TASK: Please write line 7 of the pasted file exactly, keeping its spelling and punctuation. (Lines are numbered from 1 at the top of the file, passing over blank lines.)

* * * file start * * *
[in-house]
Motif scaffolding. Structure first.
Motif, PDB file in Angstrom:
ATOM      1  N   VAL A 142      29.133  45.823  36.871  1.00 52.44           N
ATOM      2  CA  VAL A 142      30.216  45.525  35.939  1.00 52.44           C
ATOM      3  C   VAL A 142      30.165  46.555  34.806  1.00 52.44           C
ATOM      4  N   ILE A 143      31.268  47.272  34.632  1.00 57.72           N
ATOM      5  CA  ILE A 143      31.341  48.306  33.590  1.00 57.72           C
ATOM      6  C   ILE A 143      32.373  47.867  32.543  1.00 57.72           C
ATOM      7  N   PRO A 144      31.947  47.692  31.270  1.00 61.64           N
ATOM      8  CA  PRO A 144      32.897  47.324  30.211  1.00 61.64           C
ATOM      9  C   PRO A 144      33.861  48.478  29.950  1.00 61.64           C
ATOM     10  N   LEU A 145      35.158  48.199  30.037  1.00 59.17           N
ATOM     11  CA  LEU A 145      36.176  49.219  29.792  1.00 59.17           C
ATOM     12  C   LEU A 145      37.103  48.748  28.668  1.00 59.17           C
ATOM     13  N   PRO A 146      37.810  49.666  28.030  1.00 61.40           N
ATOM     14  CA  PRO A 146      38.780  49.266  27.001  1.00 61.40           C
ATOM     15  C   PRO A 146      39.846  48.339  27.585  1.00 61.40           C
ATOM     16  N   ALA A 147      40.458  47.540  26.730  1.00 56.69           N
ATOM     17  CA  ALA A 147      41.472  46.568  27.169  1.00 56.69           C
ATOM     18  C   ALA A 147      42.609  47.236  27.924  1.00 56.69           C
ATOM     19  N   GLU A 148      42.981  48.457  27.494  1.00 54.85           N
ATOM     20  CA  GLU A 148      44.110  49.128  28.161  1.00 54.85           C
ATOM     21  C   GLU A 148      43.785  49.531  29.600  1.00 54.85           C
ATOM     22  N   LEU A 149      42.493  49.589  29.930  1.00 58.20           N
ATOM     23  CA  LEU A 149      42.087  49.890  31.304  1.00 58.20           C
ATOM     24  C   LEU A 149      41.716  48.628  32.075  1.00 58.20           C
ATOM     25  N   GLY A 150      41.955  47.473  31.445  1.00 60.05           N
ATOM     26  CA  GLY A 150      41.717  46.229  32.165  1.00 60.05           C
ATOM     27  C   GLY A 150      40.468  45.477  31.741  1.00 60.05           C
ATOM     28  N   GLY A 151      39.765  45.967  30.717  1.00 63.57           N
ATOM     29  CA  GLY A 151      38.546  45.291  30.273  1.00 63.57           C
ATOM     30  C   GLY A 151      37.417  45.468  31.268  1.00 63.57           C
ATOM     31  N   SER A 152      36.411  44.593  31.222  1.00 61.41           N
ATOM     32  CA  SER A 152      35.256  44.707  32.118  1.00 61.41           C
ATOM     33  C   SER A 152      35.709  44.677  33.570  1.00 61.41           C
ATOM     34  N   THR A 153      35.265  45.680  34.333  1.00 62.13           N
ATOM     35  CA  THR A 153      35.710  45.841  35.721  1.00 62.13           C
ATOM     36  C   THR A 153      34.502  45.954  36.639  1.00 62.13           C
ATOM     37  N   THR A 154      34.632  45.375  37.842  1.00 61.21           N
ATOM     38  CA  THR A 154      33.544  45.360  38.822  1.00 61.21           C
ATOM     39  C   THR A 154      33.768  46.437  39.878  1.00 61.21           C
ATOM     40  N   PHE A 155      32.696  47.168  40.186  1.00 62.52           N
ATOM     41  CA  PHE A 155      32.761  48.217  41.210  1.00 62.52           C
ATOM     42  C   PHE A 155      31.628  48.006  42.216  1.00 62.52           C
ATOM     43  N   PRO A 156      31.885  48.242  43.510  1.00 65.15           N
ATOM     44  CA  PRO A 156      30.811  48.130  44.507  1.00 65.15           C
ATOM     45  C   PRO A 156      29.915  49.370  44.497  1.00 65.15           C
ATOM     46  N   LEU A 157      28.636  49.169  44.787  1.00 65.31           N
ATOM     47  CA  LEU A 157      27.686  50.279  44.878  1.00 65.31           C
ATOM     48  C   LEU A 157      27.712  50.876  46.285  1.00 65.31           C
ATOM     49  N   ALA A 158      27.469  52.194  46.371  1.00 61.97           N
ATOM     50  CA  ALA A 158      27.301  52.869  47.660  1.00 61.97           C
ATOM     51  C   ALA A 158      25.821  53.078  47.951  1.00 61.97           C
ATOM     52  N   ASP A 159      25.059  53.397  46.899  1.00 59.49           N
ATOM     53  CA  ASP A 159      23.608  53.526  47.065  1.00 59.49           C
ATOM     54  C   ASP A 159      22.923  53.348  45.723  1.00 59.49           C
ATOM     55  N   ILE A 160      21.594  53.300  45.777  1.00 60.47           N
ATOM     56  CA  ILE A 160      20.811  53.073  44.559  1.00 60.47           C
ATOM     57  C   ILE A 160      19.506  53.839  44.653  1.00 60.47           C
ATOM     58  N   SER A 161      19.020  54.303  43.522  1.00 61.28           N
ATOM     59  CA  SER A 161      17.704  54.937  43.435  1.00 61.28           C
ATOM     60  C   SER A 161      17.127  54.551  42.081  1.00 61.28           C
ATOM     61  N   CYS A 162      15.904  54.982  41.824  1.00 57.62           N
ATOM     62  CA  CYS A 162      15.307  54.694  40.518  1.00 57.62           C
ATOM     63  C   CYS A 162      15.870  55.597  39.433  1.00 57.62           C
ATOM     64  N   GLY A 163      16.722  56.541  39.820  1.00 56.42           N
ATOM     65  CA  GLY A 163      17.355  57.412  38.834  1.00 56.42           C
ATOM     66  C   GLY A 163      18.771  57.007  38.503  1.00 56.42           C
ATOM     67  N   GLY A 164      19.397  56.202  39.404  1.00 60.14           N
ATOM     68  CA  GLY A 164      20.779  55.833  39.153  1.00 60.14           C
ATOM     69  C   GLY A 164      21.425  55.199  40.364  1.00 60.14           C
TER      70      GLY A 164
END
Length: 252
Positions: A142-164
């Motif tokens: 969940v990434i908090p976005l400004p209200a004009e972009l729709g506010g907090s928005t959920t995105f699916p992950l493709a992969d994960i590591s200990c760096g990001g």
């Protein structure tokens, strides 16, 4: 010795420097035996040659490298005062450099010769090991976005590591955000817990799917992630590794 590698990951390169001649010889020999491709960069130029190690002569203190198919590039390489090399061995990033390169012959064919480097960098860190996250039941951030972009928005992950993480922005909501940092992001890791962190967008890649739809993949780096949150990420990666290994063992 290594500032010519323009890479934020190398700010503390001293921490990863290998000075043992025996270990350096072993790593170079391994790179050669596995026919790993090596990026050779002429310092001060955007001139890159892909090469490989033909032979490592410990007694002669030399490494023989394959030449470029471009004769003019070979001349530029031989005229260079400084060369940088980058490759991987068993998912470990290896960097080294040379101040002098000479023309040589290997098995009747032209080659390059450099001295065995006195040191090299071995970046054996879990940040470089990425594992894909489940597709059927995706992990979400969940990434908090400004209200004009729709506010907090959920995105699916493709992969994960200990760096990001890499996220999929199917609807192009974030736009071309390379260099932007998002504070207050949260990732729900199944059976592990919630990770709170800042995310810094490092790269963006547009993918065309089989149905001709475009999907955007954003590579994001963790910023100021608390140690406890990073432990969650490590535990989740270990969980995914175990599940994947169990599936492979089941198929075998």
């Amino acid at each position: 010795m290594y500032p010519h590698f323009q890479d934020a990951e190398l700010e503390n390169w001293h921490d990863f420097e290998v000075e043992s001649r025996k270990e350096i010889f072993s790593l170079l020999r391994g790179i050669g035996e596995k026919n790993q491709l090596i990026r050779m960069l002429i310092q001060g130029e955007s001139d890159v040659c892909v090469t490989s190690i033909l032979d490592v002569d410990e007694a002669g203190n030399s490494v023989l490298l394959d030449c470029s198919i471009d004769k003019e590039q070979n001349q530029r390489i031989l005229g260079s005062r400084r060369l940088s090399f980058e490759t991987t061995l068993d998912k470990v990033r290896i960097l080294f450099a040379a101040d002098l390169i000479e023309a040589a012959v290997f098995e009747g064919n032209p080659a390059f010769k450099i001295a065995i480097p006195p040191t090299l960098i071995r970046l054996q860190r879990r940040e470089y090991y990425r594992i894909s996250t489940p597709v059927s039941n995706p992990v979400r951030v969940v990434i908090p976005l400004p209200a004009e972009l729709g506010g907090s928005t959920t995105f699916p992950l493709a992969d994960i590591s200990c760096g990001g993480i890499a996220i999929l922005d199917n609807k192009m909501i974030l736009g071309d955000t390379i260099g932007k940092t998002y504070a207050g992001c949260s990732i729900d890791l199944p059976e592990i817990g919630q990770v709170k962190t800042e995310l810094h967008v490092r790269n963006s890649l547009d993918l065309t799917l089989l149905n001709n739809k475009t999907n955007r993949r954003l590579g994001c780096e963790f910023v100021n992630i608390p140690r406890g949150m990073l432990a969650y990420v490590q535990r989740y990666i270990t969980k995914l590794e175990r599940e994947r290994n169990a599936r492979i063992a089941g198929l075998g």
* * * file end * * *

ATOM      4  N   ILE A 143      31.268  47.272  34.632  1.00 57.72           N